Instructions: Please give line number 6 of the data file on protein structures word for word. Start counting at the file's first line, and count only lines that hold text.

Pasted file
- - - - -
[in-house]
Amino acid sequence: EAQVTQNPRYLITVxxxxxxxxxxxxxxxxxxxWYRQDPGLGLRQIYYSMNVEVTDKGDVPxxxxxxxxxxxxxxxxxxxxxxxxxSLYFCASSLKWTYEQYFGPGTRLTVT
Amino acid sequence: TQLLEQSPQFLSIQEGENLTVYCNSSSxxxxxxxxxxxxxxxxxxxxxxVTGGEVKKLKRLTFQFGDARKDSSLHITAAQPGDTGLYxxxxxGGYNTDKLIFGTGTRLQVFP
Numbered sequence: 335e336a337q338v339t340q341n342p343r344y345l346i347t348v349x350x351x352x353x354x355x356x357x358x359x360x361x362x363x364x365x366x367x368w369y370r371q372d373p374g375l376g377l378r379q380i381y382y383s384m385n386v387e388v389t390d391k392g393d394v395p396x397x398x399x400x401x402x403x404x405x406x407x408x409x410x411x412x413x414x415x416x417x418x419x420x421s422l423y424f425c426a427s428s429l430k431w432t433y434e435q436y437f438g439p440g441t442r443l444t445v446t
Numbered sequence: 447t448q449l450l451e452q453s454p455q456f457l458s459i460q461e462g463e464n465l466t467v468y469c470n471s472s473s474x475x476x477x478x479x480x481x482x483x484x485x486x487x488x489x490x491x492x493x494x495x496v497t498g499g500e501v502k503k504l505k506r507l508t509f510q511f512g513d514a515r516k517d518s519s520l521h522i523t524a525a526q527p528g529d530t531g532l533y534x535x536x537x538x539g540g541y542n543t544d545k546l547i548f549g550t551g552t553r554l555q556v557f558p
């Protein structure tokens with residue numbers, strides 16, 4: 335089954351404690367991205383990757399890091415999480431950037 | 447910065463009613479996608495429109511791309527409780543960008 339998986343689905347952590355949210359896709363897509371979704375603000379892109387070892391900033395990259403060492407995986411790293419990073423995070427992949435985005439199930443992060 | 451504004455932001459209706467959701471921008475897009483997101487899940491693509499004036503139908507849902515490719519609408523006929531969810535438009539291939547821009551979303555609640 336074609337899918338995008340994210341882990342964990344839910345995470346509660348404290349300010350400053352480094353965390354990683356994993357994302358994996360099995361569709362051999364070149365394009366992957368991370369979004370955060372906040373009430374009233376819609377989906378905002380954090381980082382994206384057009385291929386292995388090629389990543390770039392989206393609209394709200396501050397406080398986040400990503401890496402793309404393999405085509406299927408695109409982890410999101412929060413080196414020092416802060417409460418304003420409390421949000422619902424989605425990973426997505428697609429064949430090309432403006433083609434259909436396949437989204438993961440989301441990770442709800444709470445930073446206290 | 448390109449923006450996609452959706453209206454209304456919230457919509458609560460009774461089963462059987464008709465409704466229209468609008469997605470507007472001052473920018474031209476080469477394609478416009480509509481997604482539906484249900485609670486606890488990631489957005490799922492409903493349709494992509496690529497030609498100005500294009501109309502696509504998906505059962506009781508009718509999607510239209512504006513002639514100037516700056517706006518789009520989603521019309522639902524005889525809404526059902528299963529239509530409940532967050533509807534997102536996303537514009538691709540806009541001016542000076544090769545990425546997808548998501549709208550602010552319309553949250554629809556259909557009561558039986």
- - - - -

């Protein structure tokens with residue numbers, strides 16, 4: 335089954351404690367991205383990757399890091415999480431950037 | 447910065463009613479996608495429109511791309527409780543960008 339998986343689905347952590355949210359896709363897509371979704375603000379892109387070892391900033395990259403060492407995986411790293419990073423995070427992949435985005439199930443992060 | 451504004455932001459209706467959701471921008475897009483997101487899940491693509499004036503139908507849902515490719519609408523006929531969810535438009539291939547821009551979303555609640 336074609337899918338995008340994210341882990342964990344839910345995470346509660348404290349300010350400053352480094353965390354990683356994993357994302358994996360099995361569709362051999364070149365394009366992957368991370369979004370955060372906040373009430374009233376819609377989906378905002380954090381980082382994206384057009385291929386292995388090629389990543390770039392989206393609209394709200396501050397406080398986040400990503401890496402793309404393999405085509406299927408695109409982890410999101412929060413080196414020092416802060417409460418304003420409390421949000422619902424989605425990973426997505428697609429064949430090309432403006433083609434259909436396949437989204438993961440989301441990770442709800444709470445930073446206290 | 448390109449923006450996609452959706453209206454209304456919230457919509458609560460009774461089963462059987464008709465409704466229209468609008469997605470507007472001052473920018474031209476080469477394609478416009480509509481997604482539906484249900485609670486606890488990631489957005490799922492409903493349709494992509496690529497030609498100005500294009501109309502696509504998906505059962506009781508009718509999607510239209512504006513002639514100037516700056517706006518789009520989603521019309522639902524005889525809404526059902528299963529239509530409940532967050533509807534997102536996303537514009538691709540806009541001016542000076544090769545990425546997808548998501549709208550602010552319309553949250554629809556259909557009561558039986």